Play Architecture With Jacques the Deconstructivist

Daily Draw June 8th, 2012

Continuing with the second Joker in the deck I come across French philosopher Jacques Derrida, who died of pancreatic cancer at the age of 74 in 2004. In this card he looks like a beguiling pied piper.

Strangely, I had only heard of the term “deconstruction” in relation to cookery. Many shows on the Food Network use this baffling term. Originally a philosophical term created by Jacques Derrida and applied to writing and literary criticism, it has romped through the humanities into several cultural areas, as a fashionable label that sounds very complicated and unusual.

It is complicated, even Derrida got confused by it. It’s about oppositions and paradoxes, a bit like playing with the differences of things to expose and undermine them and I suppose get at the truth. When you think of words and the tangle of ideas, this gets way too convoluted and labyrinth-like for me. However, applied to the physical in architecture, I find it interesting.

Architects were coming up with odd ideas about buildings before they latched onto Derrida, but it all came together when Derrida worked with American architect Peter Eisenman. They hashed this stuff around and it sounded good and everybody liked it and that’s how the trend took off.

So architects might take an archetypal structure like a house in the suburbs, an apartment building, or a museum, and take conventional ideas about rooms or windows and balconies and subvert them, twist them, do something unexpected, undermine convention. Here is a montage of examples of the style. Some of these are stand-alone designs and some are additions to pre-existing buildings.

There is a lot of play and literal flexibility in these designs that is part of the philosophy. Most of them I don’t mind, although I prefer the stand-alone buildings for reasons I will get to. My favourite is the one in the upper and lower left. It is nicknamed The Dancing House and is the Nationale-Nederlanden building in downtown Prague, Czech Republic. Designed by architect Frank Gehry with architect Vlado Milunić, it was completed in 1996. Gehry is very well known for his fondness of deconstruction and has a gift for it. He also did an addition for the Art Gallery of Ontario that is interesting.

Some architects get a bit precious with gobbledygook and Derrida terms like “metaphysics of presence” and “dialectics” or “trace and erasure.” I am guessing that “trace” refers to the trace of the archetype and “erasure” refers to what the architect does to erase that and get to some structure underneath. Dialectics is a philosophical term used for resolving different points of view to find the truth; in this case the archetype with the unexpected twist brings us to the truth, the honesty of the design.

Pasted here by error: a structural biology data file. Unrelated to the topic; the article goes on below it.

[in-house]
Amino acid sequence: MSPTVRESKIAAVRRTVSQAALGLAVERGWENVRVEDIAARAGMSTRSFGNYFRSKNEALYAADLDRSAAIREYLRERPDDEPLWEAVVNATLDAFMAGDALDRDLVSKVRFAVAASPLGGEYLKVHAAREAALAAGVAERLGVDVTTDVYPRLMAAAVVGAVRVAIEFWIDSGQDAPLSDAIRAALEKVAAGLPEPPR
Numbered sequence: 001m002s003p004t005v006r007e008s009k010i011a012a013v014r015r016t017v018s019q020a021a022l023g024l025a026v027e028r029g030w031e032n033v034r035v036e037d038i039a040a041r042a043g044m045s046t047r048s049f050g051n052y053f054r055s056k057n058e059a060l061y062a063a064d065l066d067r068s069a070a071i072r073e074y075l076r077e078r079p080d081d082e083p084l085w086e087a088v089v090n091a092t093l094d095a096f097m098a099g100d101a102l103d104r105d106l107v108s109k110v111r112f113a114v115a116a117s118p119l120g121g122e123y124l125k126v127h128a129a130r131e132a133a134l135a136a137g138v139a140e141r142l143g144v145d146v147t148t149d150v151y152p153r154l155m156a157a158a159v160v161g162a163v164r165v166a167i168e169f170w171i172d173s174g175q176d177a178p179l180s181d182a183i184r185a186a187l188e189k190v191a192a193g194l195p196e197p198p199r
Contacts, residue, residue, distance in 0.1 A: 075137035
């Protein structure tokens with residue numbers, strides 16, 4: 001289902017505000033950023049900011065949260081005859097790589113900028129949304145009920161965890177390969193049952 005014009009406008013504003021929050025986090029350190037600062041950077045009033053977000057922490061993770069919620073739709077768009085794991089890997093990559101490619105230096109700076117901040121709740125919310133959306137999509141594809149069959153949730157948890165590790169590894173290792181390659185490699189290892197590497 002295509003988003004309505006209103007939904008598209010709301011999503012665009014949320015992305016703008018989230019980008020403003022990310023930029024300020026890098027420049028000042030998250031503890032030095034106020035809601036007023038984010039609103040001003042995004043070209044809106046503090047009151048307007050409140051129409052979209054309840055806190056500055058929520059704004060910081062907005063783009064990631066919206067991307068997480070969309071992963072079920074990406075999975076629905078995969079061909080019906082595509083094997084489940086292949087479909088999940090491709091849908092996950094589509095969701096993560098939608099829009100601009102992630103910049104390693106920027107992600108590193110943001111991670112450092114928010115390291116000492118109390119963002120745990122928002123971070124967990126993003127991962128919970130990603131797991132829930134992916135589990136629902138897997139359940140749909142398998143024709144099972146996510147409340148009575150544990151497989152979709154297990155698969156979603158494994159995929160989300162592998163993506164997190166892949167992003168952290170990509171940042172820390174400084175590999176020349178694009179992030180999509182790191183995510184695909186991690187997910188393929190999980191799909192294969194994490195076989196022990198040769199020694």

Supposedly. Such philosophy and dogma can become facile and meaningless. People trot it out at parties trying to sound hip. But the germ of the idea is interesting applied to buildings.

One gentleman influenced greatly by Jacques Derrida is architect Daniel Libeskind, who lost control of the idea in one very sad instance. Yes it is my own beloved Royal Ontario Museum in Toronto.

I grew up in Toronto and visited this museum many times, it is a sacred space to me, just as much as the Hagia Sophia in Istanbul. On its own, this Libeskind building might be okay, it has an interesting look by itself, but the horrendous juxtaposition here is cartoonish and shows an ignorance and disregard for the existing building, which was built in 1912. The addition is called The Crystal, and I am unsure if it looks more like a tumour, or an alien ingesting the old building. Perhaps one day it will detach itself and go on a rampage and eat the Old City Hall?

Taste is a subjective reality, but the angles in these shapes create dead spaces and compacted areas inside the structure that are impractical for exhibits. A museum is all about exhibits, and an addition to this type of building is commissioned to provide more room, not truncate it into gnome holes. The architect forgot about snow loading in the winter and the structure had major water leakage. Cost overruns, technical difficulties, weather-related structural issues: this building is a poor advertisement for design. No doubt the hip in society derive satisfaction from the related dialectics at cocktail parties, but the poor design and disrespect for the purpose of a building is inexcusable. If only they’d given the commission to Frank Gehry, who has both taste and talent.

As a little joke, the playing card designers have set up the Jokers as two people who deconstruct, prod, and upset what has gone on so far. I thought that was a humorous way of putting it. Those of us who have played Gin Rummy or Crazy Eights or even Old Maid, understand how the Joker can be annoying and turn the whole game into a miserable experience!


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